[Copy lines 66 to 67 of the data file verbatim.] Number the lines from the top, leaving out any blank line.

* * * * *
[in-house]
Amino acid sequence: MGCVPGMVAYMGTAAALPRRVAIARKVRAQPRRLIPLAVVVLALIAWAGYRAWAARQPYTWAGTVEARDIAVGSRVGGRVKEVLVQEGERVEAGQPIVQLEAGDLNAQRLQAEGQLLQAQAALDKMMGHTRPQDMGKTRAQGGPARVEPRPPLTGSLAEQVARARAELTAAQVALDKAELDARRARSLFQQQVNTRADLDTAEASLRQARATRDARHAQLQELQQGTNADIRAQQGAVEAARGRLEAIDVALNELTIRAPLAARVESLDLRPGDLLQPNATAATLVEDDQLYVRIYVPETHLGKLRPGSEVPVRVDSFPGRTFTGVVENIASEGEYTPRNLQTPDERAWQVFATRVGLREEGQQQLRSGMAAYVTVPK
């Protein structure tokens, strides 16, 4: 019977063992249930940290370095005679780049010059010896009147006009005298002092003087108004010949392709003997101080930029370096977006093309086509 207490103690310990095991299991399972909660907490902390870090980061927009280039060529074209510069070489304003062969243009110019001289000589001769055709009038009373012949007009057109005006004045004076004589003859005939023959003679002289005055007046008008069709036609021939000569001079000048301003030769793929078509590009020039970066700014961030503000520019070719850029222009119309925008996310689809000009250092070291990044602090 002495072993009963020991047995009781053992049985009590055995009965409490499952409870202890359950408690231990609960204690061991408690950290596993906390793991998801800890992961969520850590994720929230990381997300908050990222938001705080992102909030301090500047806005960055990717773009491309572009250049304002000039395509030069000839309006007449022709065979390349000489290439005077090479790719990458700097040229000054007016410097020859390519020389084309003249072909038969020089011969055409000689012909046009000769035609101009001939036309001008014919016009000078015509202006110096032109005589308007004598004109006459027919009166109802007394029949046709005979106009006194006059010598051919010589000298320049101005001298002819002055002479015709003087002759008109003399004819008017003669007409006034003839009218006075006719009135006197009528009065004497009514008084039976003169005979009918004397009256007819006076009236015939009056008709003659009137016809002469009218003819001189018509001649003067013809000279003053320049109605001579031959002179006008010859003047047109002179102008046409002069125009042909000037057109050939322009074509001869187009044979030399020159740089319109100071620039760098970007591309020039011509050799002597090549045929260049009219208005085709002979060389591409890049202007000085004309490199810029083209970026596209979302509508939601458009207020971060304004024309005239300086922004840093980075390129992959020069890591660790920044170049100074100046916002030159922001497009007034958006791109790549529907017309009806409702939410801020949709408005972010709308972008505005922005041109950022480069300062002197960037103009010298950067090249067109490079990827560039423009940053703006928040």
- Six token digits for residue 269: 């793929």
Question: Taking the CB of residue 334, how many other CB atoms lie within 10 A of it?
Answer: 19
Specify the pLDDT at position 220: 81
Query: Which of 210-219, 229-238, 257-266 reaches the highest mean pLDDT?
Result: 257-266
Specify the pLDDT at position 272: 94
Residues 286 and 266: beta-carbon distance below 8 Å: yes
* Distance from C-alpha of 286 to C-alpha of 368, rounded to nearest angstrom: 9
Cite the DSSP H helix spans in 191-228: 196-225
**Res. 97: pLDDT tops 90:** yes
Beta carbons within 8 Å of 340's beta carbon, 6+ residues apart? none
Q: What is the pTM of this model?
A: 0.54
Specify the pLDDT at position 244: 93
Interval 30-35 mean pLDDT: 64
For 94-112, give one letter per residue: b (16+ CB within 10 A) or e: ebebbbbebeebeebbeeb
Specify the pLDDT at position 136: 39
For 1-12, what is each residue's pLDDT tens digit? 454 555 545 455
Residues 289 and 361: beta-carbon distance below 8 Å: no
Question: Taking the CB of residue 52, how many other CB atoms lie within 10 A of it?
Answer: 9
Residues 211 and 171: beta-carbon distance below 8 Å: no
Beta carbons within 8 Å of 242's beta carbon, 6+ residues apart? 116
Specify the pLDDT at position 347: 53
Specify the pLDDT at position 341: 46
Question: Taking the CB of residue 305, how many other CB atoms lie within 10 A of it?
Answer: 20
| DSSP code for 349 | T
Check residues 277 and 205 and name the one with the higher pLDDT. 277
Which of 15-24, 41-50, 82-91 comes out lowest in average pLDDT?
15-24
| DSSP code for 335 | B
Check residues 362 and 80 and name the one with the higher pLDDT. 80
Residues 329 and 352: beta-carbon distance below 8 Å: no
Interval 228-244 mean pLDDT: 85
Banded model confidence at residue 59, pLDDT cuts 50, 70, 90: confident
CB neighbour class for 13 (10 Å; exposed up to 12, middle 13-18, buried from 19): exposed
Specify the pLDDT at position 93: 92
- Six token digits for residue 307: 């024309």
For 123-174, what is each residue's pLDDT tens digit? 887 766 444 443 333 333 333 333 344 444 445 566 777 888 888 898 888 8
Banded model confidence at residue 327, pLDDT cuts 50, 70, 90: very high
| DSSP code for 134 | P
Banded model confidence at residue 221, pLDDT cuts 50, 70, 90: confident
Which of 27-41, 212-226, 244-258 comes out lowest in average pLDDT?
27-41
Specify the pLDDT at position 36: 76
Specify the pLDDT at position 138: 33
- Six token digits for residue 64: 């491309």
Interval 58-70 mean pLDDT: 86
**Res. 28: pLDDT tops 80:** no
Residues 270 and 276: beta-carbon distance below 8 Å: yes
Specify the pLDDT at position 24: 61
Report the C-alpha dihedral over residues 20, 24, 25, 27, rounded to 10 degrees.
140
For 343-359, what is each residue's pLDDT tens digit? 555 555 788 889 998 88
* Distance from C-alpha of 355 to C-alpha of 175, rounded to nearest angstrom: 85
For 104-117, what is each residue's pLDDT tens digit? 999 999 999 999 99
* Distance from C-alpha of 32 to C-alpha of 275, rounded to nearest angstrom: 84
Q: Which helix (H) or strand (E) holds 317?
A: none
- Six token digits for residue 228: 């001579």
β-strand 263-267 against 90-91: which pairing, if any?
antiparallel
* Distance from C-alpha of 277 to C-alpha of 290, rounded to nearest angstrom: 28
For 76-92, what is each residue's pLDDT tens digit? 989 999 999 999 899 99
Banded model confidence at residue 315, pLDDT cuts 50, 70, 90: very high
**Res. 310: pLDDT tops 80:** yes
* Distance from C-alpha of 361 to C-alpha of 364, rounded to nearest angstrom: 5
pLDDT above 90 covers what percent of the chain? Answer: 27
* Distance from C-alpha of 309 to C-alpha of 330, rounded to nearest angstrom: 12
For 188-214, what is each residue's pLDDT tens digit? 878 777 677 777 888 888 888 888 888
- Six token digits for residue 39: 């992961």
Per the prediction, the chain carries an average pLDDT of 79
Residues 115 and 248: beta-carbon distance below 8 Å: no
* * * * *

β-strand 263-267 against 90-91: which pairing, if any?
antiparallel